So how can you find a happy medium? Where is the middle ground between staring and seeing? It sounds corny, but research has backed that an excellent place to start is a smile. Smiling serves several purposes. It indicates that you are not a threat and that your intentions are good. It also softens your face and makes you more approachable. And, most importantly, a smile indicates acknowledgment. By smiling at someone you are saying, “I see you, and I like what I see.”

The next step is familiarity and practice. Interact with people who have disabilities as often as possible. When someone in a wheelchair or with obvious physical indicators of a developmental disability makes eye contact, you should smile, and then engage if appropriate. Every disability presents itself differently. People with autism may have trouble reading facial expressions, while others may be completely typical in their neural function but unable to speak well because of a physical irregularity.

Be patient, don’t be afraid to ask them to repeat themselves, and emphasize that you want to understand and engage with them comfortably if they become frustrated.

3. Educate Yourself About the True Meaning of the Word “Inclusion”

Too often, when we think about the word inclusion we misinterpret it as “integration.” But simply being invited into a space developed to accommodate only typically-abled people is not true inclusion.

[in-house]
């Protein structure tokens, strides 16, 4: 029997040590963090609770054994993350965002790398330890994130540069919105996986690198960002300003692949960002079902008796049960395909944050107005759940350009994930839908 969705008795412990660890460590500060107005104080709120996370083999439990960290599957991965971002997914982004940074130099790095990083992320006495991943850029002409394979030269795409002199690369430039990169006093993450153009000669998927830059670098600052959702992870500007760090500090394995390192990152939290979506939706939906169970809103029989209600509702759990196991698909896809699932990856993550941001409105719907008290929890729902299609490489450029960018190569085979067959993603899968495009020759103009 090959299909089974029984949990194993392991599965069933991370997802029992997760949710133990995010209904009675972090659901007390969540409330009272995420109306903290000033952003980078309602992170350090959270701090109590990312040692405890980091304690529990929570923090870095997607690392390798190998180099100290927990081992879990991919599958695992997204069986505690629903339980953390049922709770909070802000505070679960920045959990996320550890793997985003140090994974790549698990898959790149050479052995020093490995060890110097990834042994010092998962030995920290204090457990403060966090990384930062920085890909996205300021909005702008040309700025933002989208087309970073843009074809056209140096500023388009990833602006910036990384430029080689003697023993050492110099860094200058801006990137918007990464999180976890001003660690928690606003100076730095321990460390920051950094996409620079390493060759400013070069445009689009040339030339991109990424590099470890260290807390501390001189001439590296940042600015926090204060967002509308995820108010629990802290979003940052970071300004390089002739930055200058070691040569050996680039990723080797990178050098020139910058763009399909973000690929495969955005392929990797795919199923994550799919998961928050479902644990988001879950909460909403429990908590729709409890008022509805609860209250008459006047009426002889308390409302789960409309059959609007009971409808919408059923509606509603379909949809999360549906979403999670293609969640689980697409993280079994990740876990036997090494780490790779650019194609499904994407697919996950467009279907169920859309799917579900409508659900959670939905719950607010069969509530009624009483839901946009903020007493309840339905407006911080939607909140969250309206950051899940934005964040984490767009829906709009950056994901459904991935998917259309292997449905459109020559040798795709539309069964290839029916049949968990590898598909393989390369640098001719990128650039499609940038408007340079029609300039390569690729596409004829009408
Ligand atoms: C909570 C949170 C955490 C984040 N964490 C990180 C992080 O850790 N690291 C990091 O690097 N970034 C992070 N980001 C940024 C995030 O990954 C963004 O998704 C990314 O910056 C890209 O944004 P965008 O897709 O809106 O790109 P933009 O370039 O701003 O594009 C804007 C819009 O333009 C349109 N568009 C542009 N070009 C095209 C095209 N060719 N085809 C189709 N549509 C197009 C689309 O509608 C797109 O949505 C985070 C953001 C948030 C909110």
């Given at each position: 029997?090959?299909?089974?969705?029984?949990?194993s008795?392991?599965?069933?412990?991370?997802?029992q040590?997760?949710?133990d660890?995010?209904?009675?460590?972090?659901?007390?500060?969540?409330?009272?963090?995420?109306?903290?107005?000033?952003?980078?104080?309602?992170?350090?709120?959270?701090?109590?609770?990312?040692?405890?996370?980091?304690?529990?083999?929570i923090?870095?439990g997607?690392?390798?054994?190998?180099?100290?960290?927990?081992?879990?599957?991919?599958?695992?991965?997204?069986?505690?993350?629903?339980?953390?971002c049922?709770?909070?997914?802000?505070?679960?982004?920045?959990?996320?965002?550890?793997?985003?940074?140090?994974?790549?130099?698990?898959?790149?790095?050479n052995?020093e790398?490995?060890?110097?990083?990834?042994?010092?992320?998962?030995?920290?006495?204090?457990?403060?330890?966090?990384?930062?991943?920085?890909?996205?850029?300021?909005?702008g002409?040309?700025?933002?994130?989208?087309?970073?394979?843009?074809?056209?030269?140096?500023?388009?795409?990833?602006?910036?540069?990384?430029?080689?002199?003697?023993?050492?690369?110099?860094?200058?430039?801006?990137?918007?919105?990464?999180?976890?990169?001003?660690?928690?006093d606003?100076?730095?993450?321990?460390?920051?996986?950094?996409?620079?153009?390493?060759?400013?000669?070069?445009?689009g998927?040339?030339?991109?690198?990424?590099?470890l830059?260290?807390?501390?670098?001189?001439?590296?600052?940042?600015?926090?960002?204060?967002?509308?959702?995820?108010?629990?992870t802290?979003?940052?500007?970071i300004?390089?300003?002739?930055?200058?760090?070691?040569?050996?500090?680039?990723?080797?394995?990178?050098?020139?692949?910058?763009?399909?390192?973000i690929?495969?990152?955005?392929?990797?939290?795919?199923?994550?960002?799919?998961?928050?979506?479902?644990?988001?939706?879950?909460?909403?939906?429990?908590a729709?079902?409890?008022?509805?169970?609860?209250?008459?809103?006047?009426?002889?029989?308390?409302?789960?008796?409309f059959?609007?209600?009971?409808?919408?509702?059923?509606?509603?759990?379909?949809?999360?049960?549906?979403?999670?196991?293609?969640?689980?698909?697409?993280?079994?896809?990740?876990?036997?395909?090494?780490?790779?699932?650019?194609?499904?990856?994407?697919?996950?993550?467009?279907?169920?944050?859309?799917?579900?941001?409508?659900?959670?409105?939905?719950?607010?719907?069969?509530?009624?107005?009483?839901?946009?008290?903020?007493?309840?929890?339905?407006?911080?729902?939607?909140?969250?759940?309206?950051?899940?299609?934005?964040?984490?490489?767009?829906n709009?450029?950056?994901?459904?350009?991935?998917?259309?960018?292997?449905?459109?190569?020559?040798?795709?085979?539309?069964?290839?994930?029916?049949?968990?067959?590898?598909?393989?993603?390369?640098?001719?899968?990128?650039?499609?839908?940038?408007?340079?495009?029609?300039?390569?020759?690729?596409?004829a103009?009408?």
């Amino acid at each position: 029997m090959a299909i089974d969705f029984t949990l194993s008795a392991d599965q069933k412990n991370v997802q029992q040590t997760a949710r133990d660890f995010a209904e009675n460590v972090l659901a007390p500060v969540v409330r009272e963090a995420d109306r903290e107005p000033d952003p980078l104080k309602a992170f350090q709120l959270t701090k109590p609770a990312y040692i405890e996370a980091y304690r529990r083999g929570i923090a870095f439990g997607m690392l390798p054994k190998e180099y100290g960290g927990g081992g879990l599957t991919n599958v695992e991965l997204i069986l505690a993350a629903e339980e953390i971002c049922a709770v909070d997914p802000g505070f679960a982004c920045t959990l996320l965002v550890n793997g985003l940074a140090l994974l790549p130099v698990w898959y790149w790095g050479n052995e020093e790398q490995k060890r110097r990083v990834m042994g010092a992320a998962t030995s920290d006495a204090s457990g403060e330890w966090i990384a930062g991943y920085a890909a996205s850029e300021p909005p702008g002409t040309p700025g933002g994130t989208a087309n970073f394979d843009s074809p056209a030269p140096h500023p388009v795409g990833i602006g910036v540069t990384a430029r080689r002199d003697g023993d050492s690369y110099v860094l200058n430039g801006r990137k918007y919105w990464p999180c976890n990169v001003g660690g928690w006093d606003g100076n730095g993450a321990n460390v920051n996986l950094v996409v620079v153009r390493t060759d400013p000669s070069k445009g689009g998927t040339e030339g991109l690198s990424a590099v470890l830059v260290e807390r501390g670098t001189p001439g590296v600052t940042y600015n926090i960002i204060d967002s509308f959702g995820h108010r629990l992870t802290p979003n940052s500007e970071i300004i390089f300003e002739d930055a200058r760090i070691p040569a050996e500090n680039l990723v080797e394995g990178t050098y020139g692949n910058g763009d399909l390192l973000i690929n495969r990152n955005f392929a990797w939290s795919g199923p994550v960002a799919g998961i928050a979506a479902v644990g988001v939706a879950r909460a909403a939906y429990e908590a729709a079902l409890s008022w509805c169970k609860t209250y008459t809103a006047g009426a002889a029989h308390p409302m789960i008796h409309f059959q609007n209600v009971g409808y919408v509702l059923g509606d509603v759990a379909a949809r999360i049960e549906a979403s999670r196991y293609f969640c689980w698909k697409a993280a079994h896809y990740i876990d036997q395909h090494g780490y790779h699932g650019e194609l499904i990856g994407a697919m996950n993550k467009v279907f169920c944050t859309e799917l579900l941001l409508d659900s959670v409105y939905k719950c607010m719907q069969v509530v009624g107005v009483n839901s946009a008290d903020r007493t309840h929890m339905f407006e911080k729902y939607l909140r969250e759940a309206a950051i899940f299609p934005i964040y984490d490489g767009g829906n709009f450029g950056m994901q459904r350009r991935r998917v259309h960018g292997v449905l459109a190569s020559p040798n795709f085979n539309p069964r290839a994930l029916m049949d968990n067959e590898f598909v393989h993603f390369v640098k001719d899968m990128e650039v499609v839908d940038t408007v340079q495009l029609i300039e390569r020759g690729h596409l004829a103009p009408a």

Let’s use the workplace as an example. Imagine that you tout yourself as an “inclusive” company because you are willing to hire people with disabilities. That’s good! But it’s also only the first step, which is integration. You have opened your space. True inclusion goes beyond this to ensure that the work environment is equally welcoming, comfortable, and safe for those with developmental disabilities as well as for those without.

As a further example, imagine that you have two children. You ask them to climb a tree to pick an apple. One child has a ladder that she inherited from her family and the other has no ladder. (Assume that in this world, it is very normal–even expected–for families to provide their children with ladders.)

The child with the ladder can easily complete the task set before them. The child with no ladder must both climb the tree and make her way safely back down to the ground without dropping the apple. It takes her much longer to complete the same task. There is nothing wrong with this child, she is just as capable as her counterpart–she just hasn’t been given the tools she needs to succeed.

If your company’s business is picking apples, provide your employees with ladders.

It’s not special treatment–it’s leveling the playing field by catering to a completely involuntary need. You cannot always anticipate the needs of an adult with developmental disabilities ahead of time. Different people need different accommodations. But once you’ve moved past integration, true inclusion means open communication and the provision of space, tools, and attitudes that are conducive to a safe and comfortable quality of life.

If you have questions or would like to further explore strategies for working with adults with developmental disabilities, contact Integrity, Inc. We have been serving those with IDD for over three decades, and our mission is to share that experience through education and socialization.

Related posts